Press-Republican

December 11, 2013

Black Brook seeks HUD funding

By SUZANNE MOORE News Editor
Press-Republican

---- — BLACK BROOK — The Town of Black Brook wants to win federal funding to make housing more habitable here.

“We’ve got a lot of people in need,” Town Supervisor Ricky Nolan said. 

Friends of the North Country is heading the effort to acquire U.S. Department of Housing and Urban Development Community Development Block Grant Program funding of about $240,000 for the work, which would allow HUD-eligible improvements to private, owner-occupied homes.

“That should allow us to do (about) nine projects,” said Friends Executive Director Scott Campbell. 

PUBLIC HEARING

That could mean roof replacement, new siding, doors, windows and heating systems. It could also address failed water or septic systems. 

“It’s pretty comprehensive,” Campbell said of the types of work allowed by the program, which is administered by the New York State Office for Community Renewal.

The Block Grant Program, for homeowners of median income, focuses on improving health and safety and making a residence more energy efficient.

A public hearing set for 6 p.m. Monday, Dec. 16, at the Town Hall, located at 18 North Main St. in the Black Brook hamlet of AuSable Forks, will give homeowners an opportunity to learn more.

MASS MAILING

Black Brook won Block Grant funding a decade or so ago, and, in fact, had two Cape Cod-style homes built as part of a HUD pilot program that replaced substandard homes for local families.

The new application, Nolan said, will mark the town’s third try over the past few years.

The town mailed out about 600 letters to announce this effort, Campbell said, asking residents to respond to some basic questions — whether they own their own home, need major repairs and what their income level is.

Nolan was very pleased to learn more than 40 replies had come in; Campbell said subsequent phone screenings helped determine eligibility and interest.

“We’re designing a program that will ensure there is an adequate pool of eligible households available,” he said.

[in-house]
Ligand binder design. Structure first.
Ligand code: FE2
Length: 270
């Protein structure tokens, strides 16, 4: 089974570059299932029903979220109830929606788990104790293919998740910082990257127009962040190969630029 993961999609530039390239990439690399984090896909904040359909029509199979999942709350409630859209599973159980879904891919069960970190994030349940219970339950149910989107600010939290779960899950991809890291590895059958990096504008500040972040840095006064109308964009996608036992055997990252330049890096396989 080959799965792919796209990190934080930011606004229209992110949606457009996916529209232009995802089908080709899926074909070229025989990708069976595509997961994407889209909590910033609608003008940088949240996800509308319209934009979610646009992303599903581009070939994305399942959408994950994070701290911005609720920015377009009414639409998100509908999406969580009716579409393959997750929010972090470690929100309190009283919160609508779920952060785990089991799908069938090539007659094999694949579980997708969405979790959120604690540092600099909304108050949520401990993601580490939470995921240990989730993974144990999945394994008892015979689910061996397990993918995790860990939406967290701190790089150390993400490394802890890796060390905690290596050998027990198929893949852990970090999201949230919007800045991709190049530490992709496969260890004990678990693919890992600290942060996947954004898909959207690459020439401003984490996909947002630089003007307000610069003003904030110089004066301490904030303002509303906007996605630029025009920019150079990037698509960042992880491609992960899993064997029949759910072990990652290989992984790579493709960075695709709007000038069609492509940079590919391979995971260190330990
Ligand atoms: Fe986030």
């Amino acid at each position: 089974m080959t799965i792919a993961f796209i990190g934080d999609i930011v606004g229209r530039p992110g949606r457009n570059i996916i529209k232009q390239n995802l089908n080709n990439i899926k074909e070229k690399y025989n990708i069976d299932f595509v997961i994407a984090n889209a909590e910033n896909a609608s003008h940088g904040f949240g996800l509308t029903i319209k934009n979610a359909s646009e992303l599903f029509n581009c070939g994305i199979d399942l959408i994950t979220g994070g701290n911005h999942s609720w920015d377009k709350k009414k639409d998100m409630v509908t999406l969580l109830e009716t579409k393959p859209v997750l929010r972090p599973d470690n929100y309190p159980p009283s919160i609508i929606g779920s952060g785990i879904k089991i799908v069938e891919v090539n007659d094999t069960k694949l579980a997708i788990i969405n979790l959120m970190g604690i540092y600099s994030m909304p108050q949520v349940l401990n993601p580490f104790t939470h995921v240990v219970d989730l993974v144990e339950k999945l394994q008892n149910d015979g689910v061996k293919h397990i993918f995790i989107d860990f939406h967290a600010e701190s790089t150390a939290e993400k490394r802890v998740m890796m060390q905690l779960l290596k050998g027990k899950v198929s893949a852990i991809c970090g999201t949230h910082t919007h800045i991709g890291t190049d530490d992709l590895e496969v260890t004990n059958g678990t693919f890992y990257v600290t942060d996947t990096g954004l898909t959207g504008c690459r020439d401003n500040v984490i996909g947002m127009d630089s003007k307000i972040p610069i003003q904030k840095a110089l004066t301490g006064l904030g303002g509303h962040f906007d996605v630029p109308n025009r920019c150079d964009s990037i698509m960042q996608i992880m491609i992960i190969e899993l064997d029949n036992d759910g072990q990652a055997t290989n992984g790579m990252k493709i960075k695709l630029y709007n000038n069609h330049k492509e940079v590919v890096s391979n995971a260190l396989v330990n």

“The sad thing about any program like this is the people who need it most” are often too proud to come forward, Nolan said.

He remembers an elderly woman who was approached a few years ago to see if she would like to apply for funding to repair her leaky roof.

“She said, ‘You give that to somebody who needs it,’” he said. 

Nolan encourages residents to check into the program — families with young children, seniors who may endure winter weather on the family homestead with single-pane windows ...

“They would be more comfortable and save money on fuel, too,” he said. “It’s a wonderful program.”

‘CAN ÏAPPLY AGAIN’

The deadline for the town to apply had been Dec. 20, but Campbell learned recently that the date has been moved to Jan. 17.

The town is still accepting calls from anyone who might want to apply; the public hearing is another opportunity to express interest.

Black Brook could try for as much as $400,000 for this next round of funding, but there’s a fairly short time frame to complete the projects, Campbell said.

And the winter-impacted North Country construction season and availability of contractors makes it prudent to limit the number of homes chosen for rehab, he said.

However, Campbell said, “as the program is ongoing ..., if we see the need goes beyond the scope of the project, we can always apply right away for another.”

Reach him at 834-9606; call the Black Brook Town Hall at 647-5411.

Email Suzanne Moore:smoore@pressrepublican.com